Exact Mining Services fined $130,000 for Telfer fatality

Exact Mining Services was fined $130,000 in Perth Magistrates Court following an incident that killed a worker in late 2013.
Date: Thursday, 25 February 2016

Exact Mining Services was fined $130,000 in Perth Magistrates Court yesterday for failing to provide a safe working environment following an incident that killed a worker in late 2013.

Stephen Hampton was killed when he was crushed by a section of polyethylene pipe at a tailings storage facility at the Telfer Gold Mine on 4 December 2013.

Mr Hampton and a co-worker were working on one section of the 60 metre long pipe, while another section was being moved by an industrial forklift.

The pipe moved suddenly, striking Mr Hampton's co-worker and crushing Mr Hampton against the ground.

Exact pleaded guilty to charges under the Mines Safety and Inspection Act 1994 for failing to provide a safe working environment.

During sentencing Magistrate Martin Flynn said Exact Mining could have prevented exposing Mr Hampton to the hazard.

"A proper risk assessment would have revealed pipe slide as a hazard," he said.

"The SOP (Safe Operating Procedure) was deficient … (and) didn't prohibit simultaneous operations at both ends.

"When there is a very large, heavy object being moved while workers may be close by, the employer needs to look very closely at its procedures."

Magistrate Flynn also noted that while the task had been done for 10 years without prior incident, it was not a momentary adventure and was part of usual operations.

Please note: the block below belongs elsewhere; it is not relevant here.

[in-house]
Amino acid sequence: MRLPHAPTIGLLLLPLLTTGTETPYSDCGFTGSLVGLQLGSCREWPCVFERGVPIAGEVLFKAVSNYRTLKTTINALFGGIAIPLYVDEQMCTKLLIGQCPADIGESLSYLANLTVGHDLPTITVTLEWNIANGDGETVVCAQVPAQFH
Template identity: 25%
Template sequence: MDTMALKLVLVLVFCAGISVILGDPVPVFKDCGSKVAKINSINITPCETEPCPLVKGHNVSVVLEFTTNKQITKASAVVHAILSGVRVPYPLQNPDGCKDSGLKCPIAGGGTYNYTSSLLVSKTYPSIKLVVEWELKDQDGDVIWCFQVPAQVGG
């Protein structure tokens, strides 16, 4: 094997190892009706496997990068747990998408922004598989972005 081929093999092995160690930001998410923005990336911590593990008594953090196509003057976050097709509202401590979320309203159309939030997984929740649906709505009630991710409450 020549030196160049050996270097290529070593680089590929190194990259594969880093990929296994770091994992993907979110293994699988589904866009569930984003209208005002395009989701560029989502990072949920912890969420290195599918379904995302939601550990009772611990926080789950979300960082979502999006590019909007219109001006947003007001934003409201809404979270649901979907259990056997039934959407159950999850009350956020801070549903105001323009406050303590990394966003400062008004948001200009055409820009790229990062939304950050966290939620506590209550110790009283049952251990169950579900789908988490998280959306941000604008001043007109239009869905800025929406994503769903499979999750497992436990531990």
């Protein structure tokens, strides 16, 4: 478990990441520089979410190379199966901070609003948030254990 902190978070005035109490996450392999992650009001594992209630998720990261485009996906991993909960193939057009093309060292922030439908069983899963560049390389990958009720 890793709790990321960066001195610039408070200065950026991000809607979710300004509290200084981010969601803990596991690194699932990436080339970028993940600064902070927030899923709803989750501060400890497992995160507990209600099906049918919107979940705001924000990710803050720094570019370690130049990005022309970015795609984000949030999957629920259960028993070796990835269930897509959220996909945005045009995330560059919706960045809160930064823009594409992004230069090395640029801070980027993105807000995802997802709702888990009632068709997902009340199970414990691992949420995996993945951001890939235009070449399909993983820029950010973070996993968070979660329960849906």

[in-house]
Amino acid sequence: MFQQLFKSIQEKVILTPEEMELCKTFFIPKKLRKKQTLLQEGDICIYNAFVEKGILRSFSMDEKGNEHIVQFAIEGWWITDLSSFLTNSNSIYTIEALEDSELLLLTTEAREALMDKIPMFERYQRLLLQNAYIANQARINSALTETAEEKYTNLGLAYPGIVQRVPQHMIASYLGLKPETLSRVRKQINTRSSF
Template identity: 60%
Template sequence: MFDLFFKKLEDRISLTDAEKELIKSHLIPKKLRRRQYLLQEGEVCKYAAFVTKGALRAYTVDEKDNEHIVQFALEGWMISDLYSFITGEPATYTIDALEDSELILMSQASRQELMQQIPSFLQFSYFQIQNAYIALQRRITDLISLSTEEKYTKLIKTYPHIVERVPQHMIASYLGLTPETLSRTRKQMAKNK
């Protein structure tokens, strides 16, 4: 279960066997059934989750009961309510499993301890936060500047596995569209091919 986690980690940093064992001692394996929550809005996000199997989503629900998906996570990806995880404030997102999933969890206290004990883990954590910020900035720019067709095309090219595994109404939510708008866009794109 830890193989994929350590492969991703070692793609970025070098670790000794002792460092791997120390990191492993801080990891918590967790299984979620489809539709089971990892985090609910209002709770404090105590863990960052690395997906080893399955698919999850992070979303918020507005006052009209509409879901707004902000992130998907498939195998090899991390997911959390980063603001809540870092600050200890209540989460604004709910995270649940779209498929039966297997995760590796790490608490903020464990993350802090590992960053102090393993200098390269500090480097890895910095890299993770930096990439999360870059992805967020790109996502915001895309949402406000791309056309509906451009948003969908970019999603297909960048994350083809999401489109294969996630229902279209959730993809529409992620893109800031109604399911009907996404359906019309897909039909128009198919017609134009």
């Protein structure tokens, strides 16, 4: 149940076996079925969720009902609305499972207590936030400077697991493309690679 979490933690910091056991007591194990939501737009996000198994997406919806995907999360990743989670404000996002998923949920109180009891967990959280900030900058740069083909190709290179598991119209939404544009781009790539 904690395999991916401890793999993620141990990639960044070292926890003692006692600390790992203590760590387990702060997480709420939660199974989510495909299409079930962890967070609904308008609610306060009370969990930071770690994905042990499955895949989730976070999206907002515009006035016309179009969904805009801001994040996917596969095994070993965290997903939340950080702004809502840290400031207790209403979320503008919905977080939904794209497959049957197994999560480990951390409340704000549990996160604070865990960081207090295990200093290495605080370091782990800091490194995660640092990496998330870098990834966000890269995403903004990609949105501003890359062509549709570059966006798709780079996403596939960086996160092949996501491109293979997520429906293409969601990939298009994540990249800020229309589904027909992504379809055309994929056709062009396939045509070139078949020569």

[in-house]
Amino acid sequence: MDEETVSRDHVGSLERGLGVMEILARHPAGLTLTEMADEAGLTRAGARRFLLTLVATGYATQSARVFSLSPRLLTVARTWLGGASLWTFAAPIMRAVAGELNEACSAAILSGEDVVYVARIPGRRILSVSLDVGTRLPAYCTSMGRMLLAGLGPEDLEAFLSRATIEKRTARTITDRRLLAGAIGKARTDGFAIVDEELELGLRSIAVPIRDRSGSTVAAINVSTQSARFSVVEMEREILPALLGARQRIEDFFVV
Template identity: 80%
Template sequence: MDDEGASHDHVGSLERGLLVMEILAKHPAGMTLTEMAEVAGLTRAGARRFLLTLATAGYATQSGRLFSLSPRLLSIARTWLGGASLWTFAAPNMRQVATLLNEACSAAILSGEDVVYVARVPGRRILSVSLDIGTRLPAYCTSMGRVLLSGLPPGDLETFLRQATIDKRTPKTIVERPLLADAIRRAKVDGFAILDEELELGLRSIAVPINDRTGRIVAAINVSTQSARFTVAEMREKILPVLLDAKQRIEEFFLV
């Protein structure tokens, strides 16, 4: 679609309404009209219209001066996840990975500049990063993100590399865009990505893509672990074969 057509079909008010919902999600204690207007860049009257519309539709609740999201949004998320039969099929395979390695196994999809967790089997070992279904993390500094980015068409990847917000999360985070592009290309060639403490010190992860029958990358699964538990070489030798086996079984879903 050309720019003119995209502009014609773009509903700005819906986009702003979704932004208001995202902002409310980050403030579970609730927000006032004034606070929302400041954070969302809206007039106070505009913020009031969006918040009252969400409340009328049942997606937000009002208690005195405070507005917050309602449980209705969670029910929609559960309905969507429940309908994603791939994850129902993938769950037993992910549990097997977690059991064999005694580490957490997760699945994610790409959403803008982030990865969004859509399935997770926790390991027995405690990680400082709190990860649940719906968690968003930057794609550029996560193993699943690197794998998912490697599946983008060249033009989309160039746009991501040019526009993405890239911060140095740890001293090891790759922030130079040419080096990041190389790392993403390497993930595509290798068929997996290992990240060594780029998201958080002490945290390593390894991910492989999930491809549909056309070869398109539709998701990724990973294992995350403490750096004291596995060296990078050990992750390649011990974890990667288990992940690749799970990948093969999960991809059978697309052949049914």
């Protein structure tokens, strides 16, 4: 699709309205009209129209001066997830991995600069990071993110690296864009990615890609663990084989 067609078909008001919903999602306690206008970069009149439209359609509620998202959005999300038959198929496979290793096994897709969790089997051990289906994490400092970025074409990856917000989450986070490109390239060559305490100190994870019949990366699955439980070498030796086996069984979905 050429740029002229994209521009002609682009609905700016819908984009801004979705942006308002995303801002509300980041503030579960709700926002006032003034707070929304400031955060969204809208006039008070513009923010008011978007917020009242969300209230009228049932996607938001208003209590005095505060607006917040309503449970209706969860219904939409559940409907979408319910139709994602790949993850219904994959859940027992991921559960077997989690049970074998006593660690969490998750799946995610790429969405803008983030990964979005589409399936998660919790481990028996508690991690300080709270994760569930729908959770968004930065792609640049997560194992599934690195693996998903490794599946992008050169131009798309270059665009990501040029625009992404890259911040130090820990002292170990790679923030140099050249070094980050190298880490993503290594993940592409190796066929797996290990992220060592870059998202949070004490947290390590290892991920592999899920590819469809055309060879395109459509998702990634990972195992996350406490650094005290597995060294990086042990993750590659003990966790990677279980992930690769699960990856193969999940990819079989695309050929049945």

"It was a serious offence and a significant failure to not address a foreseeable risk," he said.

"Companies cannot become complacent and allow unsafe practices to occur during their usual operations."

State Mining Engineer Andrew Chaplyn said the Department of Mines and Petroleum's investigation found the company failed to ensure hazards were adequately identified and risks assessed.

"These failures essentially placed Mr Hampton and a co-worker in the direct line of fire in the event of uncontrolled movement of the pipe," he said.

Mr Chaplyn said the company entered an early guilty plea to the charges.

"The company has worked with the department and assisted throughout the investigation and court process," he said.

"While the company is deeply regretful, the incident was preventable.

"Mr Hampton's death was the result of the company’s failure to put adequate safety measures in place and serves as a strong reminder that safety needs to be the number one priority for everyone, including mine operators.

"There is no room for complacency when it comes to safety in the work place."

The department's resources safety reforms are at the heart of continued efforts to assist the resources industry to reach the ultimate goal of zero harm.